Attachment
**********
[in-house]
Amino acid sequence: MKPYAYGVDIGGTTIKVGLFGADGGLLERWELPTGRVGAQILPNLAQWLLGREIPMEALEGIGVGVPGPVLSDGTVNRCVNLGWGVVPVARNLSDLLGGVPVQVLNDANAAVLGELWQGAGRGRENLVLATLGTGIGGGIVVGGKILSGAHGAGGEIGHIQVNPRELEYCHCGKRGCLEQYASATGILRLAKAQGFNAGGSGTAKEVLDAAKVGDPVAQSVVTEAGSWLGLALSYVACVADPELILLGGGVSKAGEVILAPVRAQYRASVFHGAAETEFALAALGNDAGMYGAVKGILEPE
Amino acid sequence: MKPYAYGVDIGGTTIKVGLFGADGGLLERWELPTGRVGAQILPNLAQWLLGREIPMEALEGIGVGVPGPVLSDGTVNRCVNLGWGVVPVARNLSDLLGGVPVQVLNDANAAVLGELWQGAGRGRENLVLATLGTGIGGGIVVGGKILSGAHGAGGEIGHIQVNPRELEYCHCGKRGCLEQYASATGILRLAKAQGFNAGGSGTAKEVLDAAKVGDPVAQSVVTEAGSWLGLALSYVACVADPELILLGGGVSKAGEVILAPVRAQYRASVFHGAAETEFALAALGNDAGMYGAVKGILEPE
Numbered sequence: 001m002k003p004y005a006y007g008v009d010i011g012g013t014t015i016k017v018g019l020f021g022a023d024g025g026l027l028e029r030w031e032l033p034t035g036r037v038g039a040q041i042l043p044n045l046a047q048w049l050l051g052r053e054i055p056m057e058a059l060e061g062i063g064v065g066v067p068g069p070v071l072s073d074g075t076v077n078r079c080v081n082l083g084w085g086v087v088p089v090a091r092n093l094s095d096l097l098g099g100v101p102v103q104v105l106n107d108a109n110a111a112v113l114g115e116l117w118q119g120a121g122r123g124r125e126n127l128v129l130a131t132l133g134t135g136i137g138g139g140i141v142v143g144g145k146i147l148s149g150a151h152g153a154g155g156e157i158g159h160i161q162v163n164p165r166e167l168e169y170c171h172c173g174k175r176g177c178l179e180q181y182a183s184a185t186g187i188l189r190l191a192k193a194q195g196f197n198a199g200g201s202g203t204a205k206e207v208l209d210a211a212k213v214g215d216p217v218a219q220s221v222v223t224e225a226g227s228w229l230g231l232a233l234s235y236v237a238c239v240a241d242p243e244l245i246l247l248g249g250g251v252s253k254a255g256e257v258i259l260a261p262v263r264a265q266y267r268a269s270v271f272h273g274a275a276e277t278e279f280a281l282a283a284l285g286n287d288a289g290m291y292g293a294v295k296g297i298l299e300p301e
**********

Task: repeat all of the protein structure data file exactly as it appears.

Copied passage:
[in-house]
Amino acid sequence: MKPYAYGVDIGGTTIKVGLFGADGGLLERWELPTGRVGAQILPNLAQWLLGREIPMEALEGIGVGVPGPVLSDGTVNRCVNLGWGVVPVARNLSDLLGGVPVQVLNDANAAVLGELWQGAGRGRENLVLATLGTGIGGGIVVGGKILSGAHGAGGEIGHIQVNPRELEYCHCGKRGCLEQYASATGILRLAKAQGFNAGGSGTAKEVLDAAKVGDPVAQSVVTEAGSWLGLALSYVACVADPELILLGGGVSKAGEVILAPVRAQYRASVFHGAAETEFALAALGNDAGMYGAVKGILEPE
Amino acid sequence: MKPYAYGVDIGGTTIKVGLFGADGGLLERWELPTGRVGAQILPNLAQWLLGREIPMEALEGIGVGVPGPVLSDGTVNRCVNLGWGVVPVARNLSDLLGGVPVQVLNDANAAVLGELWQGAGRGRENLVLATLGTGIGGGIVVGGKILSGAHGAGGEIGHIQVNPRELEYCHCGKRGCLEQYASATGILRLAKAQGFNAGGSGTAKEVLDAAKVGDPVAQSVVTEAGSWLGLALSYVACVADPELILLGGGVSKAGEVILAPVRAQYRASVFHGAAETEFALAALGNDAGMYGAVKGILEPE
Numbered sequence: 001m002k003p004y005a006y007g008v009d010i011g012g013t014t015i016k017v018g019l020f021g022a023d024g025g026l027l028e029r030w031e032l033p034t035g036r037v038g039a040q041i042l043p044n045l046a047q048w049l050l051g052r053e054i055p056m057e058a059l060e061g062i063g064v065g066v067p068g069p070v071l072s073d074g075t076v077n078r079c080v081n082l083g084w085g086v087v088p089v090a091r092n093l094s095d096l097l098g099g100v101p102v103q104v105l106n107d108a109n110a111a112v113l114g115e116l117w118q119g120a121g122r123g124r125e126n127l128v129l130a131t132l133g134t135g136i137g138g139g140i141v142v143g144g145k146i147l148s149g150a151h152g153a154g155g156e157i158g159h160i161q162v163n164p165r166e167l168e169y170c171h172c173g174k175r176g177c178l179e180q181y182a183s184a185t186g187i188l189r190l191a192k193a194q195g196f197n198a199g200g201s202g203t204a205k206e207v208l209d210a211a212k213v214g215d216p217v218a219q220s221v222v223t224e225a226g227s228w229l230g231l232a233l234s235y236v237a238c239v240a241d242p243e244l245i246l247l248g249g250g251v252s253k254a255g256e257v258i259l260a261p262v263r264a265q266y267r268a269s270v271f272h273g274a275a276e277t278e279f280a281l282a283a284l285g286n287d288a289g290m291y292g293a294v295k296g297i298l299e300p301e